Color this movie baby shit green.
It’s a green morality tale told by a Hollywood baby signifying shit all.
Plot: People start committing suicide, en masse. There’s lots of cool gruesome footage of people offing themselves with knitting needles, bungee jumping off roofs without bungee cords, passing a cop’s gun around like a joint at a Grateful Dead concert, setting the lawn tractor to go in circles and then lying down in front of it.
Pissed off plants have had it up to here and have decided to defend themselves against the human race by developing a sophisticated neurotoxin that freezes crowds in their tracks and then makes them start artistically offing themselves. M. Night Shamalamadingdong appropriates the hippie term for a spontaneous artistic gathering as title for his movie to frame his barely competent footage of people turning in circles and murdering themselves instead of painting their faces. It’s Deathstock, not Woodstock. Yeah, we get it, douchebag.
Serious spoiler alert–I’m about to tell you how the movie ends.
The only defense against the plants is to break up into small groups of no more than 5. For some reason, plants give a pass to less than a sixpack of humans. The plant tantrum lasts 24 hours or so, and is ( I have to confess I was not paying close attention by the end, so I might have missed something) stopped by the plants going “Awwww…” because a desperate blended family braves the plants to run out into the neurotoxin and die together rather than die separated.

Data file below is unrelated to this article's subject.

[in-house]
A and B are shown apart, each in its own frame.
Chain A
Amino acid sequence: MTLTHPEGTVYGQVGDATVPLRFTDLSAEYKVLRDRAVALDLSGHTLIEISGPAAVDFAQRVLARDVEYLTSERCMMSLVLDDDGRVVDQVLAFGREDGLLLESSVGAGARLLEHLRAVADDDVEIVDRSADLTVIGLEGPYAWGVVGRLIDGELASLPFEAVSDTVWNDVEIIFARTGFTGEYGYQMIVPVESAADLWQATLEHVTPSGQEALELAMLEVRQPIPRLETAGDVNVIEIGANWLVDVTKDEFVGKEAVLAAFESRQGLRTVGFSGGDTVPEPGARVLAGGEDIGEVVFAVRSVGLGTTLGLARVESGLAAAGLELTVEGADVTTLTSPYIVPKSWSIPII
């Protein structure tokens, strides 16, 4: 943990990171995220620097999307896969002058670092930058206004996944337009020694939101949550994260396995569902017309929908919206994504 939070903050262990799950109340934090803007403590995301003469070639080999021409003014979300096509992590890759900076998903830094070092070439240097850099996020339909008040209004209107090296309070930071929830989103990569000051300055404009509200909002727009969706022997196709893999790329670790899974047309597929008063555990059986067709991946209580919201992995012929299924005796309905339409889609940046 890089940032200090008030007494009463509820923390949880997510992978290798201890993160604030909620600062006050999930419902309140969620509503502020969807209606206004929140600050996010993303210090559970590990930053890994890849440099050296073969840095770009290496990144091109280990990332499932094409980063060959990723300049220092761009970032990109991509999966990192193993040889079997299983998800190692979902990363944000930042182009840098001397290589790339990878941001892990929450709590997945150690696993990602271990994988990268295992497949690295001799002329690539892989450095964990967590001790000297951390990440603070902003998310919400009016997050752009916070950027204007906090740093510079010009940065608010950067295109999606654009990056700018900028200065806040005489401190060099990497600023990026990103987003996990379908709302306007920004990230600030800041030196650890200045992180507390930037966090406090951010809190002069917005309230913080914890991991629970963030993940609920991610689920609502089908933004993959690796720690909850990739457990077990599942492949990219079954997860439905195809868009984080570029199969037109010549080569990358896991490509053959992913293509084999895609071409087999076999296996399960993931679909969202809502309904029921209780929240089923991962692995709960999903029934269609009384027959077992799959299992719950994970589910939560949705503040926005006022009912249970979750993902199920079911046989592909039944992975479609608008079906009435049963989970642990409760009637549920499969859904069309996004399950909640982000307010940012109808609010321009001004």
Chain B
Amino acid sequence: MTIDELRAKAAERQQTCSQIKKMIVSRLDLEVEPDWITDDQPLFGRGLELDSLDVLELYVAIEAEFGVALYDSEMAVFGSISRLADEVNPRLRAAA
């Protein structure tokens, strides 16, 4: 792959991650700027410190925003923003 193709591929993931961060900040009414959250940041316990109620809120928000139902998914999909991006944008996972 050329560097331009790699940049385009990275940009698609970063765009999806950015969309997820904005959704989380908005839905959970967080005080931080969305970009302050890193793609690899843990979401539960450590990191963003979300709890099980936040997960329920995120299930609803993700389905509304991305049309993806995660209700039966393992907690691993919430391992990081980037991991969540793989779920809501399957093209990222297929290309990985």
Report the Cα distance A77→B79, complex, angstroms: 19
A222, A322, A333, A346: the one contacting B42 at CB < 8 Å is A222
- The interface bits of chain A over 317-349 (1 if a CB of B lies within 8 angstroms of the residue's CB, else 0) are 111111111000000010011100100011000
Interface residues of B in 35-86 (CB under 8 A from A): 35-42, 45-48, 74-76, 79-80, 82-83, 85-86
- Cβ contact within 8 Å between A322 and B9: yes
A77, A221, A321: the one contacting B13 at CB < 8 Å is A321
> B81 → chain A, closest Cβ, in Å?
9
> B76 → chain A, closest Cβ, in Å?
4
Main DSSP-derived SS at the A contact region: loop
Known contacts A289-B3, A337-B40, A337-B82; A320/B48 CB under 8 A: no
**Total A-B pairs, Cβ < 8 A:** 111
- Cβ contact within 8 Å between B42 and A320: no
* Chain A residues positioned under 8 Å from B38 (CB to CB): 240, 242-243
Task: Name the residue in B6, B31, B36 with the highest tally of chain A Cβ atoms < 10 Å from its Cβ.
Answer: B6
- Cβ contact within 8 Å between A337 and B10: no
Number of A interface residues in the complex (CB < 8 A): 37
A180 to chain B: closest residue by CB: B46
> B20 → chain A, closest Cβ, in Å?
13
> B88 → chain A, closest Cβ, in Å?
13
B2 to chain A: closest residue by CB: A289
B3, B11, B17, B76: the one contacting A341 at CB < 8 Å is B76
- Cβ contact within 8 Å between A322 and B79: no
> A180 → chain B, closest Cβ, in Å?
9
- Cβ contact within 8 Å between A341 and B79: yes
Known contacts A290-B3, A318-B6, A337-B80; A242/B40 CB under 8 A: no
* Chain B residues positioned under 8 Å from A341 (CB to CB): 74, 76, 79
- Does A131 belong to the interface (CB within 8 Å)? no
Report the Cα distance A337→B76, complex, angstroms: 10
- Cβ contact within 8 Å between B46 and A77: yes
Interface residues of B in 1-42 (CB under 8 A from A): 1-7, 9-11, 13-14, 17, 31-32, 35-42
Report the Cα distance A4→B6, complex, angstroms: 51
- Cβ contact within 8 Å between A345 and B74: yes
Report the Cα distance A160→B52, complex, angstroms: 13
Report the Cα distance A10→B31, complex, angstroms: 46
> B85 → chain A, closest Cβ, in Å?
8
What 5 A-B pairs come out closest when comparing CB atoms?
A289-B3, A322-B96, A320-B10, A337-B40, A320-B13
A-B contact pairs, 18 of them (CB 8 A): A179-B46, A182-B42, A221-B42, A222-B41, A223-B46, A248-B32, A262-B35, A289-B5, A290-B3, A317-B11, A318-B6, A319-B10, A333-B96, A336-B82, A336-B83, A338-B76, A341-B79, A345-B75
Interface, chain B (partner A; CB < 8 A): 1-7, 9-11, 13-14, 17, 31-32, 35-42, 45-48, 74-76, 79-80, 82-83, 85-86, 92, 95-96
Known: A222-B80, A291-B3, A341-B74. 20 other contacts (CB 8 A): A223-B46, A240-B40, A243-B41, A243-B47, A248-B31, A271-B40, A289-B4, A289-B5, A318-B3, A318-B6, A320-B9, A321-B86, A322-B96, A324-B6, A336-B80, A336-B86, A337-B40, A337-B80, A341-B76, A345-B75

Mark Wahlberg is trapped in a house and his pre-plant-amok-time feckless wife (she grows some feck during the movie, I liked that part) and pre-teen child are in a shed. Miraculously, they have a speaking tube between shed and house that allows them to talk like they’re in the same room. Why? Because Betty Buckley plays a great crazy lady (I liked that part too).
The plants are outside, toxining away. Wahlberg doesn’t want to die apart from wifey and kiddie, so the steps slowly out on the porch, rather than running like hell holding his breath, and they all do a slo-mo reunion, thus resulting in a collective vegetative “Awwwwww…..
Me, I’m thinking, yeah, let’s run out into the toxin and get infected and off ourselves in ghastly ways right in front of each other, that’s a good idea.
The conceit of this movie, like that of its maker, is the power of Hollywood moral exceptionalism. Mother Nature hates everyone except bottled-water, Prius-driving enlightened people in California who make shitty movies about how the rest of us deserve to die.
At least it ended, in true cheesy horror movie fashion with the monsters coming back. And they’re after the French this time. A happy ending as frogs and mimes start offing themselves in front of the Arc de Triomphe.